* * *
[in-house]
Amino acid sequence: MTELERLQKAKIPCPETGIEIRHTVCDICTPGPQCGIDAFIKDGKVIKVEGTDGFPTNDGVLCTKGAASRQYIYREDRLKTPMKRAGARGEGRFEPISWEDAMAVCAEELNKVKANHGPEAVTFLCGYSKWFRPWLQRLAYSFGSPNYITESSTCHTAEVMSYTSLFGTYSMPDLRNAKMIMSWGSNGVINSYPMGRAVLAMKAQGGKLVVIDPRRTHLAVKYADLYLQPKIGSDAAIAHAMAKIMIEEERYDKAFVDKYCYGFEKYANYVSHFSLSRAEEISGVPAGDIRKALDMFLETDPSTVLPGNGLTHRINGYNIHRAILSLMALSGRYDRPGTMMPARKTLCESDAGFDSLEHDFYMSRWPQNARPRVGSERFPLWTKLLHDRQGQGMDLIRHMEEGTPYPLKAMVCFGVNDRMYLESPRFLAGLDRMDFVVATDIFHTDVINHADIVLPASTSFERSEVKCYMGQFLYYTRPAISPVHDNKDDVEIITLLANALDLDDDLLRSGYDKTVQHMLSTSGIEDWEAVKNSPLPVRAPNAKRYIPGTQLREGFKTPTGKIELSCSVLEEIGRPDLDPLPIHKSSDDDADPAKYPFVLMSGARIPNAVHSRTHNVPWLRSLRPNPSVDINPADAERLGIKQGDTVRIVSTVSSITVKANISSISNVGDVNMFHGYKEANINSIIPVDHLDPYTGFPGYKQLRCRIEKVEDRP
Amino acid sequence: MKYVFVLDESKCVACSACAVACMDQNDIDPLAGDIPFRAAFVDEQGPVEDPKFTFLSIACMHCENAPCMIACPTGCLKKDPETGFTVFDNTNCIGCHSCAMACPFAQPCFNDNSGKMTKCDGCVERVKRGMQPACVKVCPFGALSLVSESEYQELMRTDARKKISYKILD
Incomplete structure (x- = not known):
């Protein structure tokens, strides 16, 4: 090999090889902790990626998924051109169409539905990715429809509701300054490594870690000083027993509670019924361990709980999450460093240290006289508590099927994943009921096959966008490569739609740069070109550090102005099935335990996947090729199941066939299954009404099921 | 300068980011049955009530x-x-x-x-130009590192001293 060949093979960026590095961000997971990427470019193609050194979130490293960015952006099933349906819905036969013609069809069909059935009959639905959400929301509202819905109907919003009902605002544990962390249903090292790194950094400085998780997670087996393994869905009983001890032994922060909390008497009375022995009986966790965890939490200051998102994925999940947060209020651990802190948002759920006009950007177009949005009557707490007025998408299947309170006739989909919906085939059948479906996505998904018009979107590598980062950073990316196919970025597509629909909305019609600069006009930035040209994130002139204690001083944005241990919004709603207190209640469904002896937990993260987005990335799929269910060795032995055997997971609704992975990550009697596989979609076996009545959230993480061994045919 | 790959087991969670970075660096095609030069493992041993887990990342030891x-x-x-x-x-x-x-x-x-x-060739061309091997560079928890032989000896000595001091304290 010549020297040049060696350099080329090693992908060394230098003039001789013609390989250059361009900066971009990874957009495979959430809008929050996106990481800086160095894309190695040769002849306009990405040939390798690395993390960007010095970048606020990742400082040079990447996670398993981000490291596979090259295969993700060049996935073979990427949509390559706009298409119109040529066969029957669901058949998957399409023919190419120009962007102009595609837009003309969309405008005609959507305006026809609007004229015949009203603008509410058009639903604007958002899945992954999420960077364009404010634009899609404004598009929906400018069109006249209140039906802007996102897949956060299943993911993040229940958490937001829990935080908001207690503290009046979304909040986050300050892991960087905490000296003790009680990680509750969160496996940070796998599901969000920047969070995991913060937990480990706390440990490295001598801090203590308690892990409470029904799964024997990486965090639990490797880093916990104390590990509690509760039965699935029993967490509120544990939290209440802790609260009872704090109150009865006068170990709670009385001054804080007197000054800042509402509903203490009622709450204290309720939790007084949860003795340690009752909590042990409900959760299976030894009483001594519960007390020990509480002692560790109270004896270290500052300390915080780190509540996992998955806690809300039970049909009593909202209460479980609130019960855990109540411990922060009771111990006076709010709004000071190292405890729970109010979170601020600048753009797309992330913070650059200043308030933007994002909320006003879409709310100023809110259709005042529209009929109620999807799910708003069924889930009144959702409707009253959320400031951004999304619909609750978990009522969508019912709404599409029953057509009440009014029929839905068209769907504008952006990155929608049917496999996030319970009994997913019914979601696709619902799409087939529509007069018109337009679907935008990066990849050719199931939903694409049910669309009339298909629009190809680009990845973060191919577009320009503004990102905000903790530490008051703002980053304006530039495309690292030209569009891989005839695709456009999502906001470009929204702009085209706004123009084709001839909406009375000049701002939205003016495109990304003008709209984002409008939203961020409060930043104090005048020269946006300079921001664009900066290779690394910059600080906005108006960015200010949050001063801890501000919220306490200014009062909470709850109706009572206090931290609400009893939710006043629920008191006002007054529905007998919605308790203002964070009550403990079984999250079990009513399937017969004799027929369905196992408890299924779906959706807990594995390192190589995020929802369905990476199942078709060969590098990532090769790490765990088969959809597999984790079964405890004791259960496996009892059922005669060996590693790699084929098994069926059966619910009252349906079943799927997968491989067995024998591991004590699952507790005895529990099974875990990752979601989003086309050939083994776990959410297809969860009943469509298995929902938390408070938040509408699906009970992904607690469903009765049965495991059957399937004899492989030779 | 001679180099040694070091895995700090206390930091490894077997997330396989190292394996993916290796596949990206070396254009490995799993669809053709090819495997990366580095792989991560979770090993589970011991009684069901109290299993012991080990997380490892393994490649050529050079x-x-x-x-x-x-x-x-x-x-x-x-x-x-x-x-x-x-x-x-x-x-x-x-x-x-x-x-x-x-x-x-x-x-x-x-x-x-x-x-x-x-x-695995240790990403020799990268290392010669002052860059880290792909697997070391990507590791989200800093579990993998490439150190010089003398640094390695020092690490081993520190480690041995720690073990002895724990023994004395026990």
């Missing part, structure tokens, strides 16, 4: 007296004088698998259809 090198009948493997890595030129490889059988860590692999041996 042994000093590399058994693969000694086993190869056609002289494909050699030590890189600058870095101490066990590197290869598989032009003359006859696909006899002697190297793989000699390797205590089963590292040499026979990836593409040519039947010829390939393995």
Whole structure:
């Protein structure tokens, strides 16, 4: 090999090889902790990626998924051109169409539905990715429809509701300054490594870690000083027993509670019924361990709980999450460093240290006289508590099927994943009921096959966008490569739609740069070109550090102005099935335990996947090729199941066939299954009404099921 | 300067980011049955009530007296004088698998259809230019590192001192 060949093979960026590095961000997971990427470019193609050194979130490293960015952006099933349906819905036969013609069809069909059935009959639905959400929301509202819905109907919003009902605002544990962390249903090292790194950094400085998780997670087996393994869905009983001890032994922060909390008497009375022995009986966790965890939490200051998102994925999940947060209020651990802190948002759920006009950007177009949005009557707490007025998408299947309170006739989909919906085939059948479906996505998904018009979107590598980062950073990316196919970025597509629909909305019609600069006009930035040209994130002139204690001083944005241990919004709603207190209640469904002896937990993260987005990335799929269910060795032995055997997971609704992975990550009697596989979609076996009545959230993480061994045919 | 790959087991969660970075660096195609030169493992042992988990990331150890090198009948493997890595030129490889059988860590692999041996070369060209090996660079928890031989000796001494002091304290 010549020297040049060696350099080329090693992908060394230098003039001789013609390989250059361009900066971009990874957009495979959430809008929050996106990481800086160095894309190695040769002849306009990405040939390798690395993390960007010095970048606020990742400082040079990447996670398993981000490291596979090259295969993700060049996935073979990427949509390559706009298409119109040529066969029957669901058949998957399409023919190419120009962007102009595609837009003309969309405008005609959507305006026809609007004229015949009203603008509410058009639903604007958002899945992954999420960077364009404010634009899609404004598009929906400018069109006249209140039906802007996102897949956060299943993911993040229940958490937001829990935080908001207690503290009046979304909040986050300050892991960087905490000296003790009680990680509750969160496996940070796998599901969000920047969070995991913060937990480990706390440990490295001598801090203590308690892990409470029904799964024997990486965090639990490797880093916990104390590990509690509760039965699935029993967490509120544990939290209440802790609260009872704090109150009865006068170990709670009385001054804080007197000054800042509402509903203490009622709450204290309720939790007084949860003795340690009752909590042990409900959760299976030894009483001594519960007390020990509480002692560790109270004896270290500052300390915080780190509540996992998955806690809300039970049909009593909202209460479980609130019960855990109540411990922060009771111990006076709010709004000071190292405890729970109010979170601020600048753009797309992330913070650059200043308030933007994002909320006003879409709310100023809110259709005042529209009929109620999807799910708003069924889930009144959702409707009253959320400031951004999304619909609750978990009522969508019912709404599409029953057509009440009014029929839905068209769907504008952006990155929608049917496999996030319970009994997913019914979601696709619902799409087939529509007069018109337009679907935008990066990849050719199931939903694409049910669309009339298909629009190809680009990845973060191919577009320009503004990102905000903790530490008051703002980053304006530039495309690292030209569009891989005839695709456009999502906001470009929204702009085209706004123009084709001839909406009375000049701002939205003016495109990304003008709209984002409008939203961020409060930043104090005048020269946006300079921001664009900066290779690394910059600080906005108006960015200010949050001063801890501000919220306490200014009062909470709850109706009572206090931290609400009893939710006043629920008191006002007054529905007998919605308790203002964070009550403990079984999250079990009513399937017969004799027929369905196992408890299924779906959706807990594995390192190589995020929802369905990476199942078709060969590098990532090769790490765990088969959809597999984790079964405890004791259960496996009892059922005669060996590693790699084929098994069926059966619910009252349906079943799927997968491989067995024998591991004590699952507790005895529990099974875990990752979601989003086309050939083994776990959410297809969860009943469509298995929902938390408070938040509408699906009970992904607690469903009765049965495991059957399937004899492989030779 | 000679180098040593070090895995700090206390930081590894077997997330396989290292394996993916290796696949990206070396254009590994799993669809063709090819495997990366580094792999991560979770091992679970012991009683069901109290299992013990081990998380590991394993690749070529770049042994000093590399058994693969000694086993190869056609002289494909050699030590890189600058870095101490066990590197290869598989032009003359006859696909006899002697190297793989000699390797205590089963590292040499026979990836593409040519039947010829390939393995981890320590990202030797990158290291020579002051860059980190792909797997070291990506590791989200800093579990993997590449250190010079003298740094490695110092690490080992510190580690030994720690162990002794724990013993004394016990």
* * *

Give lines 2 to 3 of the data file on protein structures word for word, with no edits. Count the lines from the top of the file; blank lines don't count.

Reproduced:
Amino acid sequence: MTELERLQKAKIPCPETGIEIRHTVCDICTPGPQCGIDAFIKDGKVIKVEGTDGFPTNDGVLCTKGAASRQYIYREDRLKTPMKRAGARGEGRFEPISWEDAMAVCAEELNKVKANHGPEAVTFLCGYSKWFRPWLQRLAYSFGSPNYITESSTCHTAEVMSYTSLFGTYSMPDLRNAKMIMSWGSNGVINSYPMGRAVLAMKAQGGKLVVIDPRRTHLAVKYADLYLQPKIGSDAAIAHAMAKIMIEEERYDKAFVDKYCYGFEKYANYVSHFSLSRAEEISGVPAGDIRKALDMFLETDPSTVLPGNGLTHRINGYNIHRAILSLMALSGRYDRPGTMMPARKTLCESDAGFDSLEHDFYMSRWPQNARPRVGSERFPLWTKLLHDRQGQGMDLIRHMEEGTPYPLKAMVCFGVNDRMYLESPRFLAGLDRMDFVVATDIFHTDVINHADIVLPASTSFERSEVKCYMGQFLYYTRPAISPVHDNKDDVEIITLLANALDLDDDLLRSGYDKTVQHMLSTSGIEDWEAVKNSPLPVRAPNAKRYIPGTQLREGFKTPTGKIELSCSVLEEIGRPDLDPLPIHKSSDDDADPAKYPFVLMSGARIPNAVHSRTHNVPWLRSLRPNPSVDINPADAERLGIKQGDTVRIVSTVSSITVKANISSISNVGDVNMFHGYKEANINSIIPVDHLDPYTGFPGYKQLRCRIEKVEDRP
Amino acid sequence: MKYVFVLDESKCVACSACAVACMDQNDIDPLAGDIPFRAAFVDEQGPVEDPKFTFLSIACMHCENAPCMIACPTGCLKKDPETGFTVFDNTNCIGCHSCAMACPFAQPCFNDNSGKMTKCDGCVERVKRGMQPACVKVCPFGALSLVSESEYQELMRTDARKKISYKILD